Why Raptors' Ron Harper Jr. went undrafted

Amit Mann is joined by NBA Draft analyst Rafael Barlowe to discuss Ron Harper Jr.'s game, why he wasn't selected in the 2022 NBA Draft and how he could help the Raptors down the road. Full podcast also looking at Christian Koloko's potential is available on the 'Raptors Over Everything' podcast feed and on our Yahoo Sports Canada YouTube channel.

Video Transcript

AMIT MANN: And while we were talking to Bobby Webster, the Raptors made another signing. It was Ron Harper, Jr. And at the time, Bobby could not talk about it because it wasn't exactly official, but he did offer this nugget-- in 1986, Wayne Embry, who's one of the members of the Raptors front office, also drafted Ron Harper, Sr.

And so now you got Ron Harper, Sr., and Ron Harper, Jr., both involved in, I guess, being drafted by Wayne Embry, who is part of the Raptors front office-- a little nugget there, which I thought was really interesting.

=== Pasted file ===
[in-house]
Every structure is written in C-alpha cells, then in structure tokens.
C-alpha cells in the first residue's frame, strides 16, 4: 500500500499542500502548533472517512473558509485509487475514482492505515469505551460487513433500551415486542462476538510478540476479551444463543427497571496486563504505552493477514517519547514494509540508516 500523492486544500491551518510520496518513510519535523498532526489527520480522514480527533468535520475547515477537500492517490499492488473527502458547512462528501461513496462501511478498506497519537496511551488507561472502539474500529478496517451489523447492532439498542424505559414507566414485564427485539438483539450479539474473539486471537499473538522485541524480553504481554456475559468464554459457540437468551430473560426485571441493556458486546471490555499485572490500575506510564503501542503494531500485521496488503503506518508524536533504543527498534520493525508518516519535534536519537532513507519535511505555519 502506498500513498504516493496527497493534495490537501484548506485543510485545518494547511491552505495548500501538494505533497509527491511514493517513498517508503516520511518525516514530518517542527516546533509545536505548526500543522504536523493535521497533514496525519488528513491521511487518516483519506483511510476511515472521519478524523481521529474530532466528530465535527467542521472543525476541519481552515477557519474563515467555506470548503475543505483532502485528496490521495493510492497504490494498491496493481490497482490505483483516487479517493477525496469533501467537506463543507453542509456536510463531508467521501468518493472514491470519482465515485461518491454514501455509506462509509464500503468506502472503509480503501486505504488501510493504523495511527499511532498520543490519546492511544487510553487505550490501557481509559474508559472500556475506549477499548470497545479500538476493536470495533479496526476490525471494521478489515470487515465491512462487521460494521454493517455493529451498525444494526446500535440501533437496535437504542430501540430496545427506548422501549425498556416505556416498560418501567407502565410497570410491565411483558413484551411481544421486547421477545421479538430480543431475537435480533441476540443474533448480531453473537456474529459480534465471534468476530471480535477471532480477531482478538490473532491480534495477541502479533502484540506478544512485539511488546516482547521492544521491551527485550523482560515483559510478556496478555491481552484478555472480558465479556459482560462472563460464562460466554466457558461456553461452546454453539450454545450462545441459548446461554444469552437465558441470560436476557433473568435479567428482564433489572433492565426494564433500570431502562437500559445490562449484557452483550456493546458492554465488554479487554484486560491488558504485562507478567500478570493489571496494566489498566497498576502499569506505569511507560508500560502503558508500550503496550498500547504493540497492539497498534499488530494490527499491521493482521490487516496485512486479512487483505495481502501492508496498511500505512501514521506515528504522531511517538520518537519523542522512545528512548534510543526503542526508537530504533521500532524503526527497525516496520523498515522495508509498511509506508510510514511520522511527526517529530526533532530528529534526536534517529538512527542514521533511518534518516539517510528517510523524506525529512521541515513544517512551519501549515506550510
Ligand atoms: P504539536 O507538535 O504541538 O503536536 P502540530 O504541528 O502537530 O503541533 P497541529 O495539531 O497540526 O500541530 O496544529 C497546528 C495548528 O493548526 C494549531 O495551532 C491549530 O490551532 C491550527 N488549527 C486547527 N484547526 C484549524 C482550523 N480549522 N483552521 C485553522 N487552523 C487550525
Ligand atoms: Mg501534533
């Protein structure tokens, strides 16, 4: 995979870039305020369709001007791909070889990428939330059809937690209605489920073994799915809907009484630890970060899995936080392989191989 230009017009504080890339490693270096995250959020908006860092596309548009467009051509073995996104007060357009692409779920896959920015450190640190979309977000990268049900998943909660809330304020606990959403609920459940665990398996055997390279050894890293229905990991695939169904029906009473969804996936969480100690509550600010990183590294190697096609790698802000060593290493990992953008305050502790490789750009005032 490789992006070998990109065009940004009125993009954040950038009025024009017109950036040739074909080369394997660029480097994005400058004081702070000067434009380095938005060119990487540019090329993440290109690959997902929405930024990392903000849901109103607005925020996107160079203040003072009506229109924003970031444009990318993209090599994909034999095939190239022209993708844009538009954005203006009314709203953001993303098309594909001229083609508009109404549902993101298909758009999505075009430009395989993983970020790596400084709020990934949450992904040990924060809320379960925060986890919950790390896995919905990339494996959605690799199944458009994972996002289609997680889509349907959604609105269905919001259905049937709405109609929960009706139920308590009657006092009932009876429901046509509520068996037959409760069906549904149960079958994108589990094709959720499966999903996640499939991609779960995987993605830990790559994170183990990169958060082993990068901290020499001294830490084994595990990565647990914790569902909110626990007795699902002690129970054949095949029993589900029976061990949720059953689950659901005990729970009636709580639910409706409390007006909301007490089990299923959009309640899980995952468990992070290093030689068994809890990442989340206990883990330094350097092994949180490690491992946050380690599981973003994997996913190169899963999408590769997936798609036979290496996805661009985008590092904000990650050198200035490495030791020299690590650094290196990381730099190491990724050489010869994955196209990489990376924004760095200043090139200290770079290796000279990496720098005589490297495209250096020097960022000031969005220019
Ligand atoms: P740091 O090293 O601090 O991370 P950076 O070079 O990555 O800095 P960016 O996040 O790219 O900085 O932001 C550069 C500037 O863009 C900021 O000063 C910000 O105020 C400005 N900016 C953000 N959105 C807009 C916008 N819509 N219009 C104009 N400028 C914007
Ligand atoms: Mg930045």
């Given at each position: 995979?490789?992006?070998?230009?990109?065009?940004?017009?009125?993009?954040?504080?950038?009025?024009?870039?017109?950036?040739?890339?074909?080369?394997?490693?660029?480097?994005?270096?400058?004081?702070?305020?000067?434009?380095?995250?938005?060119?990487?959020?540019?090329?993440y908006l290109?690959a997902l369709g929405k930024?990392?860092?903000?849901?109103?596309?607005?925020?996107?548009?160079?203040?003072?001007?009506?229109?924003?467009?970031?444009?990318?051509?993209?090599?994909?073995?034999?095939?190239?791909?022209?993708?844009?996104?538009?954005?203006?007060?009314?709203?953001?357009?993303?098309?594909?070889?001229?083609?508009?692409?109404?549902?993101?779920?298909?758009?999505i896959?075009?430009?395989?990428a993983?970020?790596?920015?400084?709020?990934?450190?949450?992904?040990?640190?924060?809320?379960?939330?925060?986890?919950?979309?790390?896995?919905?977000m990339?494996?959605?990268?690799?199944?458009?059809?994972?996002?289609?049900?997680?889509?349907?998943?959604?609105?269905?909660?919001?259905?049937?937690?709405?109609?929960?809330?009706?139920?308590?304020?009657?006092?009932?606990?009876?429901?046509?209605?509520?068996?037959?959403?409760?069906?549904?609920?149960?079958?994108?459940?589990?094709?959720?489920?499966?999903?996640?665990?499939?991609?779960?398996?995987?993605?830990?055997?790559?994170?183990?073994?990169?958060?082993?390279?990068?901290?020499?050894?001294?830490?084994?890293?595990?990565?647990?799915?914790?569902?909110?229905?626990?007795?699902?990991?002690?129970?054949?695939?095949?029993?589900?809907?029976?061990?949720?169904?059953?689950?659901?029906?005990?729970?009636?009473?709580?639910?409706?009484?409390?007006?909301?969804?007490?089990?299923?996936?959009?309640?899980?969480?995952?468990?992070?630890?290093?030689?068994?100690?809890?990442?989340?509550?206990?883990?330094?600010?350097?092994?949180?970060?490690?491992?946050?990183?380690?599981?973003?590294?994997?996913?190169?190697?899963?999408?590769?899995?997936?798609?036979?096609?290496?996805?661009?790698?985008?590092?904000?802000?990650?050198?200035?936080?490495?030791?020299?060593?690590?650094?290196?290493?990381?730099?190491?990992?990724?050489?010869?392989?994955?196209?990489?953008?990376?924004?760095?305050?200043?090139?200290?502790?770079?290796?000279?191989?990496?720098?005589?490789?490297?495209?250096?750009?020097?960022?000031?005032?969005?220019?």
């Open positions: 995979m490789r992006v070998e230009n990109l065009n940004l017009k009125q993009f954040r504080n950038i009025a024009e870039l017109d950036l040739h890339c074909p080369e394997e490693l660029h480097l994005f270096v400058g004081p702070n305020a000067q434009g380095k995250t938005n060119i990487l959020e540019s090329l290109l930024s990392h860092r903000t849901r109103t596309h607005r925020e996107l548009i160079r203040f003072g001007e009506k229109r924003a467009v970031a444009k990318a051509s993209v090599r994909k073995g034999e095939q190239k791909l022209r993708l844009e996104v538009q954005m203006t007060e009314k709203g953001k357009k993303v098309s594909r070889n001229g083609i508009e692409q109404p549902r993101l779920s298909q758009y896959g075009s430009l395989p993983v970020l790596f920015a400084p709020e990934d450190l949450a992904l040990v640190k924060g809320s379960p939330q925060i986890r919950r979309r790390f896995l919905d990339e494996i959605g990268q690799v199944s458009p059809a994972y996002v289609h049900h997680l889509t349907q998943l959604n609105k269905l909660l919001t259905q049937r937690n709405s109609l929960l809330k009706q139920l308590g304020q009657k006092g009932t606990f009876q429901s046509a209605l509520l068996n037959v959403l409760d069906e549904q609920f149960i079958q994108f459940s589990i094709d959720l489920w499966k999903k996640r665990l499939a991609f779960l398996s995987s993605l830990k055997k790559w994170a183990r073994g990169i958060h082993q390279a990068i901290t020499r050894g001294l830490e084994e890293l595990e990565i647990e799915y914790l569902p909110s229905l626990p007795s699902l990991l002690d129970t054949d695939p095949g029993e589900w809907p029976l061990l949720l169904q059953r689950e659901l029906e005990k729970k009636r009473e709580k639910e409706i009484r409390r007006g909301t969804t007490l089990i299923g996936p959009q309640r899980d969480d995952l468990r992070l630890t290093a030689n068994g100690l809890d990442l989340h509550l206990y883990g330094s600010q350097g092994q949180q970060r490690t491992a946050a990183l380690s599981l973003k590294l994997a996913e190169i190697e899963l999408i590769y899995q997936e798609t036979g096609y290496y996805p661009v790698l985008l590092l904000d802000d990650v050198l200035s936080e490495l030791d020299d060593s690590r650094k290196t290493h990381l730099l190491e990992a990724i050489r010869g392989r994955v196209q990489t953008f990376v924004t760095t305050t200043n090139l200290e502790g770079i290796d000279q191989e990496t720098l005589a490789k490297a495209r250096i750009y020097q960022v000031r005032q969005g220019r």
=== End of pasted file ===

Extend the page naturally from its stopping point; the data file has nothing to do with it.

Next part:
Looking at his stats out of Rutgers, he played three years, I believe, and 15.8 points, 5.9 rebounds, 1.9 assists in his senior season. He was named to the Second Team All-Big Ten and received the Haggerty Award, which is awarded to the New York area's top men's Division I basketball player.

21 years old, 6' 6", 7-foot wingspan, versatility on both ends. Your thoughts on Ron? Were you surprised he didn't get drafted?

RAFAEL BARLOWE: No, I'm not surprised that he didn't get drafted. He definitely has the resume of someone that you would draft, considering that Peyton Watson went drafted. He averaged 3 points a game and shot 32% from the floor.

AMIT MANN: I thought he was gonna be a Raptor. I thought he was gonna be a Toronto Raptor.

RAFAEL BARLOWE: Really?

AMIT MANN: Yeah.